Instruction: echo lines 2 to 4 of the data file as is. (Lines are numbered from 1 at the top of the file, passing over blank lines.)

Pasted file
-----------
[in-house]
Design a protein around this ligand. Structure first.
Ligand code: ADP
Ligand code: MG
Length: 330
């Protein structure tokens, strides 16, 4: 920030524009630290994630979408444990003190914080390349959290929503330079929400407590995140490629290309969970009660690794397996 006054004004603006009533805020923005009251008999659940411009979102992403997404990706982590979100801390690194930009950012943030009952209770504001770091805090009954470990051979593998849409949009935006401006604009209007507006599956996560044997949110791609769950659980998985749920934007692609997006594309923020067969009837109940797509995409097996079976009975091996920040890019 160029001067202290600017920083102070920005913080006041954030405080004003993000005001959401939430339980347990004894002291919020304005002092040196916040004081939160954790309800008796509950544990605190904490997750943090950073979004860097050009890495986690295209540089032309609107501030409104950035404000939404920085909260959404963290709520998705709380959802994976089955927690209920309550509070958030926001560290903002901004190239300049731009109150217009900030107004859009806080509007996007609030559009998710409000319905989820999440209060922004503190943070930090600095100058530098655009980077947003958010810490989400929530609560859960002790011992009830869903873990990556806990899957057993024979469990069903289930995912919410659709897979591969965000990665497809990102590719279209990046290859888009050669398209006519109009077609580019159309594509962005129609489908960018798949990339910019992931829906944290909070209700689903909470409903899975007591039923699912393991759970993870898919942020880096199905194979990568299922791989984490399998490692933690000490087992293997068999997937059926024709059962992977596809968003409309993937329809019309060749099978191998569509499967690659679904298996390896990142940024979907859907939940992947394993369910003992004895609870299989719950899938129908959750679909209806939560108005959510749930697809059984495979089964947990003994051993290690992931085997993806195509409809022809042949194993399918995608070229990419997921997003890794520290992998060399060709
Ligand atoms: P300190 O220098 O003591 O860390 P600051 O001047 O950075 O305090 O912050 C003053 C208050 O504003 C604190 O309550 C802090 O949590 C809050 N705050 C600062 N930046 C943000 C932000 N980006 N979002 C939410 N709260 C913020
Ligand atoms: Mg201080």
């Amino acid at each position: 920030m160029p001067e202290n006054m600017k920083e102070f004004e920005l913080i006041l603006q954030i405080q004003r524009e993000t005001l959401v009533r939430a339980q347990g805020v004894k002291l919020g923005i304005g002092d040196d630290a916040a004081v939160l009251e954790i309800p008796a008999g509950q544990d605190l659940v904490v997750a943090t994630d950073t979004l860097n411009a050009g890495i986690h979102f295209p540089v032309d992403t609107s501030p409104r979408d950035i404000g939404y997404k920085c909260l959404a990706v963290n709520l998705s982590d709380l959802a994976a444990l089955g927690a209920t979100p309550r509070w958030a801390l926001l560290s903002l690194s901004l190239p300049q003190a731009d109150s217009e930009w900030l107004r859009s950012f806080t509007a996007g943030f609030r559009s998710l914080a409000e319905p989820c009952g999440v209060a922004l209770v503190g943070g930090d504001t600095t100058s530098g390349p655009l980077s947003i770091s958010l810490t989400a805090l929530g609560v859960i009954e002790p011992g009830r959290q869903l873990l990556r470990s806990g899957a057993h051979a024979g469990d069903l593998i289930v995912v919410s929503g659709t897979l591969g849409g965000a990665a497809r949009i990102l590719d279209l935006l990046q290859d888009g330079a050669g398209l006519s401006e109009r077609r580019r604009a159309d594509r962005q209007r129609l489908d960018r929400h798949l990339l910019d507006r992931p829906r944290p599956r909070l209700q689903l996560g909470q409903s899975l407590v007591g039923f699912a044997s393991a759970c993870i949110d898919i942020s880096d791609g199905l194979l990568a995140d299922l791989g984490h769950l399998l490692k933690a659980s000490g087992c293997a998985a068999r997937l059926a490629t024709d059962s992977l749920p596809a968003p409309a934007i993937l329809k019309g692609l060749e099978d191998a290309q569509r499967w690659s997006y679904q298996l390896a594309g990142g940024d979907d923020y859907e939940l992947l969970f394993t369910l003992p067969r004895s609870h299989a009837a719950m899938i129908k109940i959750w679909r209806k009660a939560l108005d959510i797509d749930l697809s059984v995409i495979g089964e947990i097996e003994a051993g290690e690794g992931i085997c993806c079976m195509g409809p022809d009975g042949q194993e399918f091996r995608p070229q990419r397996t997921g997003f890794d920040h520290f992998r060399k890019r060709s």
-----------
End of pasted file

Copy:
Design a protein around this ligand. Structure first.
Ligand code: ADP
Ligand code: MG